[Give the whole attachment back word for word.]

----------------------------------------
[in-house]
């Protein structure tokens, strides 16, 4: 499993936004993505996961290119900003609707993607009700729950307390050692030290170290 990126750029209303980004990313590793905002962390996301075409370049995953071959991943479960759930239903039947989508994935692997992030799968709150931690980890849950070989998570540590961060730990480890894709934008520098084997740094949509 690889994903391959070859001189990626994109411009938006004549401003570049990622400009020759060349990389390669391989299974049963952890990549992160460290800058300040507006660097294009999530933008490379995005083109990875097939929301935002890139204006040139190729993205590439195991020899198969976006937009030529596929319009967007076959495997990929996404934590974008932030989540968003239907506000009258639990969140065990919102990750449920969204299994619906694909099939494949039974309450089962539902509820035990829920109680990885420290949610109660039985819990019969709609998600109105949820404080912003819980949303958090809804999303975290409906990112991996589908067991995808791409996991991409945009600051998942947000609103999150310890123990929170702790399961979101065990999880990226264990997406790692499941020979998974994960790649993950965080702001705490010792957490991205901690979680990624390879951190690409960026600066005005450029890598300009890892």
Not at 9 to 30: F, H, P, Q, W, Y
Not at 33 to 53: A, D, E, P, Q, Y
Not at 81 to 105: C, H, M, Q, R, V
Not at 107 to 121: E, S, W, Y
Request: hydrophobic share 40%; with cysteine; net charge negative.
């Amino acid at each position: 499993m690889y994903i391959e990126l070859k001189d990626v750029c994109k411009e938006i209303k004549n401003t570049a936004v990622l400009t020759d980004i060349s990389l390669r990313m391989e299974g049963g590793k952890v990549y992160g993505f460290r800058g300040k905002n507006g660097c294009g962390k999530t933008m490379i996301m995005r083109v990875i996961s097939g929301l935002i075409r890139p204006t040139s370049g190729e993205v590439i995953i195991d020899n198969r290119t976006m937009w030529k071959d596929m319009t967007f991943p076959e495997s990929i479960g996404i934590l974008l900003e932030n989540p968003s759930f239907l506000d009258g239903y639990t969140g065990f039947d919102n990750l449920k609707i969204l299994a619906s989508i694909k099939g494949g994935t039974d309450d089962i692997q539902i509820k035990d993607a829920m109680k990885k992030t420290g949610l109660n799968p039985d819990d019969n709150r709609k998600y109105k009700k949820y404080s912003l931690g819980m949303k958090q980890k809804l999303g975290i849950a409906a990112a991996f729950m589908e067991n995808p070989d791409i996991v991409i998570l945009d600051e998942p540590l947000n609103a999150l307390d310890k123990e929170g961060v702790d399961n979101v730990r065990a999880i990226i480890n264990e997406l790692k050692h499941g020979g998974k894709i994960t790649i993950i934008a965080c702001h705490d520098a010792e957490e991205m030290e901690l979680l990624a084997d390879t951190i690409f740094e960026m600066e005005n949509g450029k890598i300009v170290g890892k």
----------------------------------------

[in-house]
């Protein structure tokens, strides 16, 4: 499993936004993505996961290119900003609707993607009700729950307390050692030290170290 990126750029209303980004990313590793905002962390996301075409370049995953071959991943479960759930239903039947989508994935692997992030799968709150931690980890849950070989998570540590961060730990480890894709934008520098084997740094949509 690889994903391959070859001189990626994109411009938006004549401003570049990622400009020759060349990389390669391989299974049963952890990549992160460290800058300040507006660097294009999530933008490379995005083109990875097939929301935002890139204006040139190729993205590439195991020899198969976006937009030529596929319009967007076959495997990929996404934590974008932030989540968003239907506000009258639990969140065990919102990750449920969204299994619906694909099939494949039974309450089962539902509820035990829920109680990885420290949610109660039985819990019969709609998600109105949820404080912003819980949303958090809804999303975290409906990112991996589908067991995808791409996991991409945009600051998942947000609103999150310890123990929170702790399961979101065990999880990226264990997406790692499941020979998974994960790649993950965080702001705490010792957490991205901690979680990624390879951190690409960026600066005005450029890598300009890892």
Not at 9 to 30: F, H, P, Q, W, Y
Not at 33 to 53: A, D, E, P, Q, Y
Not at 81 to 105: C, H, M, Q, R, V
Not at 107 to 121: E, S, W, Y
Request: hydrophobic share 40%; with cysteine; net charge negative.
């Amino acid at each position: 499993m690889y994903i391959e990126l070859k001189d990626v750029c994109k411009e938006i209303k004549n401003t570049a936004v990622l400009t020759d980004i060349s990389l390669r990313m391989e299974g049963g590793k952890v990549y992160g993505f460290r800058g300040k905002n507006g660097c294009g962390k999530t933008m490379i996301m995005r083109v990875i996961s097939g929301l935002i075409r890139p204006t040139s370049g190729e993205v590439i995953i195991d020899n198969r290119t976006m937009w030529k071959d596929m319009t967007f991943p076959e495997s990929i479960g996404i934590l974008l900003e932030n989540p968003s759930f239907l506000d009258g239903y639990t969140g065990f039947d919102n990750l449920k609707i969204l299994a619906s989508i694909k099939g494949g994935t039974d309450d089962i692997q539902i509820k035990d993607a829920m109680k990885k992030t420290g949610l109660n799968p039985d819990d019969n709150r709609k998600y109105k009700k949820y404080s912003l931690g819980m949303k958090q980890k809804l999303g975290i849950a409906a990112a991996f729950m589908e067991n995808p070989d791409i996991v991409i998570l945009d600051e998942p540590l947000n609103a999150l307390d310890k123990e929170g961060v702790d399961n979101v730990r065990a999880i990226i480890n264990e997406l790692k050692h499941g020979g998974k894709i994960t790649i993950i934008a965080c702001h705490d520098a010792e957490e991205m030290e901690l979680l990624a084997d390879t951190i690409f740094e960026m600066e005005n949509g450029k890598i300009v170290g890892k």